Native fashion show raises awareness on Indigenous representation
March 17, 2017
Gila River Indian News
Beyond Buckskin and Arizona State University teamed up to create awareness about Native fashion and where it is headed through a two-night series of events hosted by the American Indian Policy Institute at the Department in downtown Phoenix on March 1 and 4.
The events are also hosted in conjunction with the newly established Inno-Nations entrepreneurship program at ASU, which will be housed at the Department business space starting in June of this year.
On the first night, AIPI Director Traci Morris welcomed Jessica Metcalfe, who is the creator and owner of the online Native fashion blog and boutique Beyond Buckskin to speak about Native fashion.
Metcalfe, a member of the Turtle Mountain Chippewa Indians in North Dakota, took her online blog to a retail space and now a brick and mortar shop located in her community, which she runs with the assistance of fellow tribal members, is an example to aspiring Native entrepreneurs.
How it all started
The idea for her blog was to take a stand against what was seen as the selling of a culture that was never the fashion industry’s to sell and that many designs have been misappropriated from Native people for profit.
Metcalfe highlighted the many instances in which companies such as Adidas, Ralph Lauren and Urban Outfitters took Native designs and made a profit off of them, without consideration for how they represented Native people.
She said these unfortunate representations in the media influenced her decision to take a stand against the false representation of Native people in the fashion industry.
One of the more prominent cases of a Native people being misrepresented and their designs used for a companies profit was that of Urban Outfitters taking traditional Navajo designs and using them on a variety of the company’s products.
“In 2011 something very interesting happened and that was when Urban Outfitters got caught,” said Metcalf. “They had listed over two dozen of their items as ‘Navajo,’ so they were selling Navajo flasks, undergarments and socks.”
She said the case set a real precedence as to how fashion companies are to be held accountable for their actions and that they shouldn’t consider themselves free of any wrong doing, because of their reputation in the industry.
Metcalfe said, “We are the minorities of minorities, which I might add is a result of deliberate and systematic genocidal attacks. I don’t think that we should be further punished by having our identities whittled away by these large companies.”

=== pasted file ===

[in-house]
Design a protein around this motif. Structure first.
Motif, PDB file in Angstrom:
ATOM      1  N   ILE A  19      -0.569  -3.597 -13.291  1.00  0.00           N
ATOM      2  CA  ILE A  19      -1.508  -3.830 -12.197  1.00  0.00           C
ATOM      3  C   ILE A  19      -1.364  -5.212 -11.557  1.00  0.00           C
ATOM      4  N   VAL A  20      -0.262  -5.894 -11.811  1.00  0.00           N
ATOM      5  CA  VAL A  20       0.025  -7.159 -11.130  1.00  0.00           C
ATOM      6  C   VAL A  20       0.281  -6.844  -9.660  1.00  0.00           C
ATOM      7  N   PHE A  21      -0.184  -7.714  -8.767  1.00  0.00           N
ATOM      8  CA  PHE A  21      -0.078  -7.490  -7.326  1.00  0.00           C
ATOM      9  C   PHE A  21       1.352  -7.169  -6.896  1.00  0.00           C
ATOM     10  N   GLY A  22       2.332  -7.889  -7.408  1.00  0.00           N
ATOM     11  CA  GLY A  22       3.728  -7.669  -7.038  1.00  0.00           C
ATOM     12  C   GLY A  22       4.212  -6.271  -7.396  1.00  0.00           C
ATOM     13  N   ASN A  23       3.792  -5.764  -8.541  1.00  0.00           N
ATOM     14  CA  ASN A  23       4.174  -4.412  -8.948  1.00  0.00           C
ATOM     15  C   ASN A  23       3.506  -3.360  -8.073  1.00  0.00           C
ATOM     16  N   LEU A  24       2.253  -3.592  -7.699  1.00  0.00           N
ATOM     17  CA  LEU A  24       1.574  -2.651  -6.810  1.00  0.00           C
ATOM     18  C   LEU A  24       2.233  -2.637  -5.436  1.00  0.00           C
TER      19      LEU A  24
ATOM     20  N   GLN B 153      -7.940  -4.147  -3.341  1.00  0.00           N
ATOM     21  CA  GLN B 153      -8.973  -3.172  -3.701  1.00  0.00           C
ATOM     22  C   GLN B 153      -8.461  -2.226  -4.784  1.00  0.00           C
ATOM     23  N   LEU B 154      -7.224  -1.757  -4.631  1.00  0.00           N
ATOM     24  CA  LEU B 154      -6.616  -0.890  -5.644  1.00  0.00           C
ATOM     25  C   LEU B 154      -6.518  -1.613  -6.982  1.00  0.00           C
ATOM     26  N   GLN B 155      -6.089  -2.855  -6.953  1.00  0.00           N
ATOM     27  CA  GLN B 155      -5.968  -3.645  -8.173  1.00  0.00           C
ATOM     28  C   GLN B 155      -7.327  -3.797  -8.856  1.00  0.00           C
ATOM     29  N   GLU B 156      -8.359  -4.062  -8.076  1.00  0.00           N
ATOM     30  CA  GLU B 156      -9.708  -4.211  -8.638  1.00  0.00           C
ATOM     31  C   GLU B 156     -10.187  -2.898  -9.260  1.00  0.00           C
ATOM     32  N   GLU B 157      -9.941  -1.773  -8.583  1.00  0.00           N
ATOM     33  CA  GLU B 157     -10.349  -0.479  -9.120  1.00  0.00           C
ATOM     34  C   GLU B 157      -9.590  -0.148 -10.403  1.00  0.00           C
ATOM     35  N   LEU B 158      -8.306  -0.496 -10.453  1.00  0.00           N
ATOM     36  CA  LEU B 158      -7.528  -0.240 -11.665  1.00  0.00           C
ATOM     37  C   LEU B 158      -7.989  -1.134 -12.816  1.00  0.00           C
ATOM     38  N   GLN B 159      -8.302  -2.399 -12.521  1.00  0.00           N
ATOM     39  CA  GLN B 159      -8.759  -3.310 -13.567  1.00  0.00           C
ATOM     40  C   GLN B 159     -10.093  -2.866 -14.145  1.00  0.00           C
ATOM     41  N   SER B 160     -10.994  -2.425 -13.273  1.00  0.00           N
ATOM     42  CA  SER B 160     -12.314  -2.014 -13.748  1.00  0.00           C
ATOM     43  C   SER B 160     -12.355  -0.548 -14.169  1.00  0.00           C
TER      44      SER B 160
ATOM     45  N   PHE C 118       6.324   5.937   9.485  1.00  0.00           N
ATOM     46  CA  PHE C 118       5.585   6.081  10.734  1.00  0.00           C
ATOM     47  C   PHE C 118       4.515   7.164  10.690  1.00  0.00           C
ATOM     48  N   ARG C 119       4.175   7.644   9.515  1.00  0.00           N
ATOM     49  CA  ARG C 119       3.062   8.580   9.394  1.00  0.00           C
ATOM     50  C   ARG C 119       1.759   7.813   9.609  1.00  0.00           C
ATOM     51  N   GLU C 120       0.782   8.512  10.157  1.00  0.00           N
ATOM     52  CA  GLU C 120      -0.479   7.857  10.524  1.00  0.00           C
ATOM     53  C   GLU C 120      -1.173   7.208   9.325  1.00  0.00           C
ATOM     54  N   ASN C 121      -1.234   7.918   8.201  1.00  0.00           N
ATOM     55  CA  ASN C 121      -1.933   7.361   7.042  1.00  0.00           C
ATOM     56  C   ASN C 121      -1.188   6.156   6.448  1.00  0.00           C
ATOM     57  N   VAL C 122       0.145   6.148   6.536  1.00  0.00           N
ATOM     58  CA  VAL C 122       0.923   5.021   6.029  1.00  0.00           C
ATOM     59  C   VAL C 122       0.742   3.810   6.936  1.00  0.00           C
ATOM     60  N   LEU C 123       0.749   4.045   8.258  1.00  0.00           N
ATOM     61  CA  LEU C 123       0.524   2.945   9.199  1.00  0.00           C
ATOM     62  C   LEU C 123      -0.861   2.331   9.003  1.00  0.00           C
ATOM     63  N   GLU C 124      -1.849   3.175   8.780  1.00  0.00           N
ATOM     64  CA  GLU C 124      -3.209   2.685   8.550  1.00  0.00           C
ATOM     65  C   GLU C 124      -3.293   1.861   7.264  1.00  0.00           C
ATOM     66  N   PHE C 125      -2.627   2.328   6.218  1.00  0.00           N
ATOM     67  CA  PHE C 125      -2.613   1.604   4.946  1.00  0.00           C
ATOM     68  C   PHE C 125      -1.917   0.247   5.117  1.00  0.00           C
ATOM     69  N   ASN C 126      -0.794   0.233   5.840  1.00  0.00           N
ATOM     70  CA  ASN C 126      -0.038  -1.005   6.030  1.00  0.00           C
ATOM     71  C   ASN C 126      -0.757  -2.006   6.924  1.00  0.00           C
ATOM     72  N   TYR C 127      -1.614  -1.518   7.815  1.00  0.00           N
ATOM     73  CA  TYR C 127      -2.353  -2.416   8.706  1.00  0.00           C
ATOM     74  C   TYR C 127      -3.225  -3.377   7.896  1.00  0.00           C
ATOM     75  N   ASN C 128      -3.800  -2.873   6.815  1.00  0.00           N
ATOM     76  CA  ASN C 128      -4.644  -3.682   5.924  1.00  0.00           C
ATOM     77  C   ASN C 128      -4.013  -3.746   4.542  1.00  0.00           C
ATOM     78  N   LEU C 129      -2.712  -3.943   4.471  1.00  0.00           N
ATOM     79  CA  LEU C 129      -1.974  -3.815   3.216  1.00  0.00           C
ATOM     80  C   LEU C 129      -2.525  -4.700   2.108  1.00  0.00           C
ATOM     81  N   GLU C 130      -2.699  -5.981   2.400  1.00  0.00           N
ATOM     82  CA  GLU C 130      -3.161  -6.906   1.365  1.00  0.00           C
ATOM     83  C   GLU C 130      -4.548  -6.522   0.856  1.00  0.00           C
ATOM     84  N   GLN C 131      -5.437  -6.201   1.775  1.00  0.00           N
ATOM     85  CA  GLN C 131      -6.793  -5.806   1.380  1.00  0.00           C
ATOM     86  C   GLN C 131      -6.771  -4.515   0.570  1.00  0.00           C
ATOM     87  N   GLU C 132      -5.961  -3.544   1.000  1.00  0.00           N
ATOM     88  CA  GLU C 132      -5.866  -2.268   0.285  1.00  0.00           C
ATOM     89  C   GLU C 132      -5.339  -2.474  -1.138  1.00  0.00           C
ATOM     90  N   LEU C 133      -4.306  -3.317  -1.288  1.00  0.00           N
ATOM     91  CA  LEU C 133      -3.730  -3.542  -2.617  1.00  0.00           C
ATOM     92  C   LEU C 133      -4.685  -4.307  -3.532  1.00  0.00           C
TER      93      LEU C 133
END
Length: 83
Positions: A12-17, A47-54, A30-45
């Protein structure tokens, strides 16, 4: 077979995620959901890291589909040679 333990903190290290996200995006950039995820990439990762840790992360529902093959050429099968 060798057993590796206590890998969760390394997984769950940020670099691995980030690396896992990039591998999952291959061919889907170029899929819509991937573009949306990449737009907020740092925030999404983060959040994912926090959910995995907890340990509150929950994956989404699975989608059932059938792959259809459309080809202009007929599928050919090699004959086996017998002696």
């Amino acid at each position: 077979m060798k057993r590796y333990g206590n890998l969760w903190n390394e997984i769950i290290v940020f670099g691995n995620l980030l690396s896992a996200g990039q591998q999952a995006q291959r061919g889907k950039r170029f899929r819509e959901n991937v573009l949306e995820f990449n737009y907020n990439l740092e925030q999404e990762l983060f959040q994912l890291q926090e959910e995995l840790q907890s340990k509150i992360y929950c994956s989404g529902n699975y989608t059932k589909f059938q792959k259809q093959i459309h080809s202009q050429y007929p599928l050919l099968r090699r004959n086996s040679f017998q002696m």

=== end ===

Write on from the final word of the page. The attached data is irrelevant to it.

In 2016 Urban Outfitters and the Navajo Nation reached an undisclosed settlement agreement and that in the future the company was going to collaborate with the Nation on selling items like jewelry.
Bringing Native Fashion to the Forefront
The premise of the Beyond Buckskin blog, which ultimately became a full-fledged store, is just one way Metcalfe is pushing Native fashion forward.
She started out with 11 artists and designers, but has now grown to over 40 individuals featured on her online store.
Another benefit to her business is that she showcases some of the oldest traditional forms of craftsmanship in a more contemporary setting.
Metcalfe showed an example of porcupine quillwork of Caroline Blechert, who comes from the Inuvialuit people of Western Canada.
“It’s only found in Native North America. You will not find it anywhere else in the world and it is continuously still being practiced today,” she said.
Her boutique sells these items, which come in earrings and bracelets, which support the continuation of the ancient traditional practice.
The second night consisted of a fashion show called “Protection In all Directions,” that featured the designs of Native artist Jared Yazzie, a member of the Navajo Nation, who created his brand of apparel called OXDX, which is a play on words that means “Overdose.”
Yazzie said when he first came to the Valley he experienced an “overdose” of everyday life that he had to adjust to, but most importantly it was about finding a way of representing Native culture and the strengths that his people draw from in Navajo culture.
“I just like showing the beauty of Native culture and by showing the strength of women in our society, because they represent a very powerful presence in Native culture, so I feature them a lot in my clothing designs,” said Yazzie.
He said working with Metcalfe has helped him better understand the fashion industry and has inspired him to seek a place of his own that can act as a workspace for not only himself, but for up-and -coming artists.
Gov. Stephen Roe Lewis, AIPI boardmember, was present at the second night of events hosted by AIPI to help generate support around the Inno-Nations initiative.
He said, “I would like to welcome you to the traditional aboriginal land of the Akimel O’otham and Pee Posh people.
“It’s a special night, a landmark night...that we’re opening such an important endeavor, a partnership here in regards to supporting entrepreneurship at this next level.
“Economic development and nation building and making sure this is done in an appropriate way in regards to how this supports our cultures and values for Native nations and for those individual entrepreneurs,” said Lewis.
The City of Phoenix Mayor Greg Stanton was also in attendance said Native entrepreneurship is a welcome addition to the downtown area.
“I am excited to be here at Inno-Nations here tonight,” said Stanton. He said it’s a great partnership and unique opportunity for Indigenous entrepreneurs in Phoenix.
He said, “What’s so cool about this one is that it’s focused on our Native American entrepreneurs. I love it, because we have such a large Native American population in our city, the City of Phoenix.”